But wait, you might reasonably ask: Wouldn’t gravity cause an object as big as Flat Earth to automatically crush into a sphere?  Gravity doesn’t exist, they say, or at least, it doesn’t exist on Earth (although gravitation apparently does exist among the Moon, planets, and stars, which raises even more questions).  What we perceive as gravity is actually the result of Earth accelerating through space at about 9.8 m/s².  That in itself is not as crazy as it sounds: Einstein showed that an accelerating reference frame is totally indistinguishable from a stationary reference frame in which there is a constant gravitational pull.  Flat Earthers, however, have yet to explain what force could possibly cause an object as large as Earth to accelerate perpetually.  Even in a Flat Earth model, mass and inertia are still real things that must be overcome in order to make something accelerate.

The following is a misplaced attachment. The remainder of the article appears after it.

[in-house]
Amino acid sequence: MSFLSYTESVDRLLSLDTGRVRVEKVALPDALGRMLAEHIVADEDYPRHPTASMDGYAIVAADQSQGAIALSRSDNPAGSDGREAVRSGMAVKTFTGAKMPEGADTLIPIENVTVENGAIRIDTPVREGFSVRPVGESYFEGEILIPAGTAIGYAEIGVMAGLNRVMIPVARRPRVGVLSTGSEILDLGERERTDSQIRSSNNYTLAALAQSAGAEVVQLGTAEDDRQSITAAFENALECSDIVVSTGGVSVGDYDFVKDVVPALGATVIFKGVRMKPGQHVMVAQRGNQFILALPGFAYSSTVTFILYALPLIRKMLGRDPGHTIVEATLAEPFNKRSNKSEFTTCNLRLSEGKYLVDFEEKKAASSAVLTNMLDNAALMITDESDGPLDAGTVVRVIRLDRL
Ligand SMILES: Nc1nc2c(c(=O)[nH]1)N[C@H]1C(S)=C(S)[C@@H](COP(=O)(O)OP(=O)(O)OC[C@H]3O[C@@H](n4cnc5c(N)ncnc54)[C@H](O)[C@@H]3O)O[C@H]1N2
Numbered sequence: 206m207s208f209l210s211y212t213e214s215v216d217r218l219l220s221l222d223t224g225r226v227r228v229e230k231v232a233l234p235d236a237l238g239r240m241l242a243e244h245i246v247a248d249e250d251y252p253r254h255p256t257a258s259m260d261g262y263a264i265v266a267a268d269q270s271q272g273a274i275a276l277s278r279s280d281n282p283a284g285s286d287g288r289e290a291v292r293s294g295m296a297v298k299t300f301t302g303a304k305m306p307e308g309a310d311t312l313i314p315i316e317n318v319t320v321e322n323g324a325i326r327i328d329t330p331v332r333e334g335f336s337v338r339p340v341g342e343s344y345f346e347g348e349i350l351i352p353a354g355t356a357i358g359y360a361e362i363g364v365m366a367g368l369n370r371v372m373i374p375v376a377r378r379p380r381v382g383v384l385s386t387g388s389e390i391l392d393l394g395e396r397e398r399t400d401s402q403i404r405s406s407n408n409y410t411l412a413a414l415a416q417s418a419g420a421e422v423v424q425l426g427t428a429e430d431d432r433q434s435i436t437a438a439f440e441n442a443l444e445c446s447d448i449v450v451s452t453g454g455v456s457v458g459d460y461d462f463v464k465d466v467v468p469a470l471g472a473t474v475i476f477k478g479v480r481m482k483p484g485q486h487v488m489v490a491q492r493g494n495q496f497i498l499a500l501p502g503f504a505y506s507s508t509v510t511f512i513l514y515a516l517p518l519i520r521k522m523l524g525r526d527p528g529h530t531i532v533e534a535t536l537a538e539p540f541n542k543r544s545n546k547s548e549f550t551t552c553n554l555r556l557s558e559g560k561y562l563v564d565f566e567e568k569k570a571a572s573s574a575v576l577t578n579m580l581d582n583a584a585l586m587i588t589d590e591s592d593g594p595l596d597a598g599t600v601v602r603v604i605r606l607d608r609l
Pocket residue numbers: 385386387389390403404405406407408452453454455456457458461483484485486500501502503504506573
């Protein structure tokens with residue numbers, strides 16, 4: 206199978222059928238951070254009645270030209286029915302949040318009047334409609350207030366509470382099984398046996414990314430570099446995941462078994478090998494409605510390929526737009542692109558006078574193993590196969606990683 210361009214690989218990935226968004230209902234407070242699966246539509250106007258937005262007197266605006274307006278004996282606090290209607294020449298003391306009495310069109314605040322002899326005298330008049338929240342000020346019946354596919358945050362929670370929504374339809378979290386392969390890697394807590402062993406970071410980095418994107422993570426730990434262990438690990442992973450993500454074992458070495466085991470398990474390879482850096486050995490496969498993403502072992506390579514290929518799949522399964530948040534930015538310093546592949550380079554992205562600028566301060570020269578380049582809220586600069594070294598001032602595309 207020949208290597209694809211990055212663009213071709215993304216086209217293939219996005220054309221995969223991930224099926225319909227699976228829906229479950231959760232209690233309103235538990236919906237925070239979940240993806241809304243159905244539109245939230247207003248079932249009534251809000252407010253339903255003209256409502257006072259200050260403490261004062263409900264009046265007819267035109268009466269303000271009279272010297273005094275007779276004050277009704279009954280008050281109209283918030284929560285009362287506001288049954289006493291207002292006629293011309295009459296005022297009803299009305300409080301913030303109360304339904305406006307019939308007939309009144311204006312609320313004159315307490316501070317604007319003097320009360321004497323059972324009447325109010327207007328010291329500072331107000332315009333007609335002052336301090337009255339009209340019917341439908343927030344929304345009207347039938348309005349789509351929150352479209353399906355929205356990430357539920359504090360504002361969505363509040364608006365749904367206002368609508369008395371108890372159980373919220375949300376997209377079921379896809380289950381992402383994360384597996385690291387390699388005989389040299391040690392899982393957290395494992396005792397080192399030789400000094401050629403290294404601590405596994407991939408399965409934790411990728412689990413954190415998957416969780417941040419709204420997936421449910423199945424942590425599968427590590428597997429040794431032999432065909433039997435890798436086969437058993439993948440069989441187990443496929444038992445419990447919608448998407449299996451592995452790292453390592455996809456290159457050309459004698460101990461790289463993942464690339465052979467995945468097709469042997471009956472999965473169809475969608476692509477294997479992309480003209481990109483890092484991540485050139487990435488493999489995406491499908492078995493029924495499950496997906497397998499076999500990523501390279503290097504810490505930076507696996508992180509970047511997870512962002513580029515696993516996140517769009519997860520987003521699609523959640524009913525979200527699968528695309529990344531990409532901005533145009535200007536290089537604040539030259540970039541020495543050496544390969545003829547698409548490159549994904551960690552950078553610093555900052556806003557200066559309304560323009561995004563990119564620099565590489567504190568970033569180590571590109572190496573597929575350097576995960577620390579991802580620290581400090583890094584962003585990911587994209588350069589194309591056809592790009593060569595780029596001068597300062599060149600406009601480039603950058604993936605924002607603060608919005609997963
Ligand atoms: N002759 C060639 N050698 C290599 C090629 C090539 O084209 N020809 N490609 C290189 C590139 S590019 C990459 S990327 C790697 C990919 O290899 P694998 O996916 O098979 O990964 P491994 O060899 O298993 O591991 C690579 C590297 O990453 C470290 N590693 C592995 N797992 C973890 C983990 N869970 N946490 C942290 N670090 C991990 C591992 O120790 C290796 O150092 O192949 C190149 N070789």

Furthermore, why does gravity vary with altitude, if Earth is simply a disc accelerating through space?  Apparently the weak gravitation of the Moon, Sun, and stars partially negates the effect of the acceleration-induced pseudo-gravity we experience while standing on Earth’s surface.  Yeah, I don’t know how that’s supposed to work either.  But it makes perfect sense to a Flat Earther.

So what kind of person is the typical Flat Earther?  Based on this meme, you might think that modern Flat Earthers are also Biblical literalists.  That’s rarely the case, though: in fact, Daniel Shenton, President of the most recent incarnation of the Flat Earth Society, accepts the reality of evolution and human-caused climate change – ideas that are typically anathema to religious fundies.  One Flat Earther even claims that evolution proves that Earth is flat, if you can imagine such a thing.